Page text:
It’s not easy being the “environment.” It receives more attention than Paris Hilton in a prison cell. Everyone is all about “saving” the environment, and we’re https://ammoshopinc.com/product/hornady-american-whitetail-30-06-springfield-150-grain-interlock-sp-500-rounds/ all aware of the powerful cultural movement focused on living “green” and being “environmentally – friendly.”
Cultural elites and politicians tell us that if we ride our bikes more, take the bus, use different light bulbs, only then will we become truly “green” and a friend of the earth.
Yet changing our driving habits or riding our bikes simply isn’t practical or convenient. We care about our world but we feel left out in the cold, wondering, “What can I do to help? None of that other stuff is for me.”
Chances are, if you’re reading this you’re into archery, fishing and/or hunting. And if you’re a lover of archery, fishing or hunting – or all three – and if you have a desire to keep the “environment” in good working condition, just keep doing what you’re doing.
But if you’re on the fence about archery, fishing and hunting, keep an open mind and read on to find out why we do what we do.
Naturally (no pun intended), we in the archery, fishing and hunting world have a vested interest in keeping our planet’s resources and wildlife in top condition. As Canadian biologist and philosopher Shane Mahoney said, “Hunters and fishermen are the piston that drives the conservation engine. If you take hunting and fishing out of the equation, the whole (wildlife management) effort collapses.”
So it’s no surprise that sportsmen – those involved in archery, fishing and hunting – provide over $1 billion annually towards conservation efforts. It’s no surprise that sportsmen have paid several billion dollars over the last 70-80 years on self-imposed excise taxes on firearms, ammunition and certain archery and fishing equipment.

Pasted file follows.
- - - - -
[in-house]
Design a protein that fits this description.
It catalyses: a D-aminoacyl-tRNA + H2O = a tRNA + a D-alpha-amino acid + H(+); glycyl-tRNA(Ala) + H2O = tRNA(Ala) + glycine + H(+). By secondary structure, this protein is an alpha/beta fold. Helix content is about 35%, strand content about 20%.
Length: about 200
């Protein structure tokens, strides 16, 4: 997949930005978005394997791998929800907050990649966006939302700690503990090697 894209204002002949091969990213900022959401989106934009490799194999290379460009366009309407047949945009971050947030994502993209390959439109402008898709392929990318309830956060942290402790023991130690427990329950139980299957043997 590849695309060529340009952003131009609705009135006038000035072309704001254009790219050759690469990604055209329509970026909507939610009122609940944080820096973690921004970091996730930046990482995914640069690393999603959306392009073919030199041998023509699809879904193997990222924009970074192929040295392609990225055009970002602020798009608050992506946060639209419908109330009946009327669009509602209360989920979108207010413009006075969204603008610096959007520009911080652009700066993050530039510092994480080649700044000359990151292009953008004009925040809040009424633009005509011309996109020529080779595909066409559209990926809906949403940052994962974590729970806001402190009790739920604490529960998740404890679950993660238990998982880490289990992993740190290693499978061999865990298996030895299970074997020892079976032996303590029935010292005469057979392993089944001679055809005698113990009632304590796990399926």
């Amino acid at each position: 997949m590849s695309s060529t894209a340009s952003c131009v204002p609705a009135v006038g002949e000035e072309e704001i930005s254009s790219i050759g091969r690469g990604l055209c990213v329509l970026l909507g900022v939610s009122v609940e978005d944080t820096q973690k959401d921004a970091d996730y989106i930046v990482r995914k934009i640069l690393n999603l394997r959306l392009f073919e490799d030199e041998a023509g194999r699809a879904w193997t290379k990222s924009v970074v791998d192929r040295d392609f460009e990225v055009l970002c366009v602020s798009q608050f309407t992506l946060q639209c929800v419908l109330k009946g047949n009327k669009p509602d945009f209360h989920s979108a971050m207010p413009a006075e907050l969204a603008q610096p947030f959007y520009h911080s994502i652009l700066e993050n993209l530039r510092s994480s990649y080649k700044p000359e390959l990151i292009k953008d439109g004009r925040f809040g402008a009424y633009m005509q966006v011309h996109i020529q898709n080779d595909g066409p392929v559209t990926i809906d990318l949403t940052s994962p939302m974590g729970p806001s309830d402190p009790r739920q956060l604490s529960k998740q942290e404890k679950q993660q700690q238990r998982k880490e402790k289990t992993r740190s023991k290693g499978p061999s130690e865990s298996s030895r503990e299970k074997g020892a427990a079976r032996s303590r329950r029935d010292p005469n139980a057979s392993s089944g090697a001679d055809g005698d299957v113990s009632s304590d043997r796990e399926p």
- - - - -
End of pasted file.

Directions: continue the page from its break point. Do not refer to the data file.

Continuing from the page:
It’s no surprise that through hunting and fishing conservation efforts, wildlife populations and habitats flourish. There are now over 18 million white-tailed deer in the U.S. when there used to be less than half-a-million around 1900. Today’s elk population is around 800,000 when in 1917 it was a mere 41,000.
And is it surprising that a handful of African nations are now using conservation-hunting methods to increase the populations of endangered animals like elephants and black and white rhinos? And is it surprising that the polar bear population in northern Canada has increased because of 30-some years of conservation-hunting?
For those of us actively engaged in archery,fishing and hunting, no, we are not surprised. But listing the many and wonderful benefits of archery, fishing and hunting doesn’t explain the “why” behind it all – especially to those on the fence about the issue. Why do we hunt? Why do we fish? The answer rests in another kind of conservation – the conservation of meaning and humanity.
Many think that by changing driving habits and using renewable energy that we’re being “natural” or somehow experiencing the natural world. But hunters and fishermen possess a deep and intense connection with our world that goes beyond any “green” campaign. Why? Because hunters and fishermen actually come into physical contact with the world; they don’t experience it through a screen in their living room. When was the last time you saw a politician or celebrity out in the wilderness hunting or fishing?
To quote Mahoney, “Hunting is a love affair.” It is the passionate interaction between two forces of the natural world – man and wild. The two come together to create the essence of being, the essence of life and meaning.
Continues Mahoney, “Hunting is an immersion; a drowning in connectedness that squanders pride and privilege; the true hunter is the humble man, the enthralled child and the knowing prince… Hunting is a cataclysm of inward progress. We hunt for spiritual reasons; we hunt to find inner peace; we hunt to understand the world…The true hunter is both the alert and meditative man. Thought and action combined in purpose; a hymn for the unity of world and self.”
This may be a bit romantic for some of you, but hunting and fishing are much more than pastimes and even a conservation method. Hunting and fishing embody an intrinsic understanding of life. We conserve ourselves, as well as our world, through hunting, fishing and archery.
In a world where “reality” exists in an XBOX, archery, fishing and hunting reconnect us to what makes us human; to what makes life, in part, meaningful and purposeful. In the field, we experience sacrifice, life and passion. As Dr. Randall L. Eaton writes, “that is why hunters have been and still are, by far, the foremost conservationists of wildlife and wild places, to the benefit of everyone.”
Over the last ten years, the number of adult hunters has dropped by nearly two million and the number of adult anglers has dropped more than five million. These declining numbers mean less money for the conservation of wildlife and wild places, but it also signifies the continuing distance we put between ourselves and the natural world.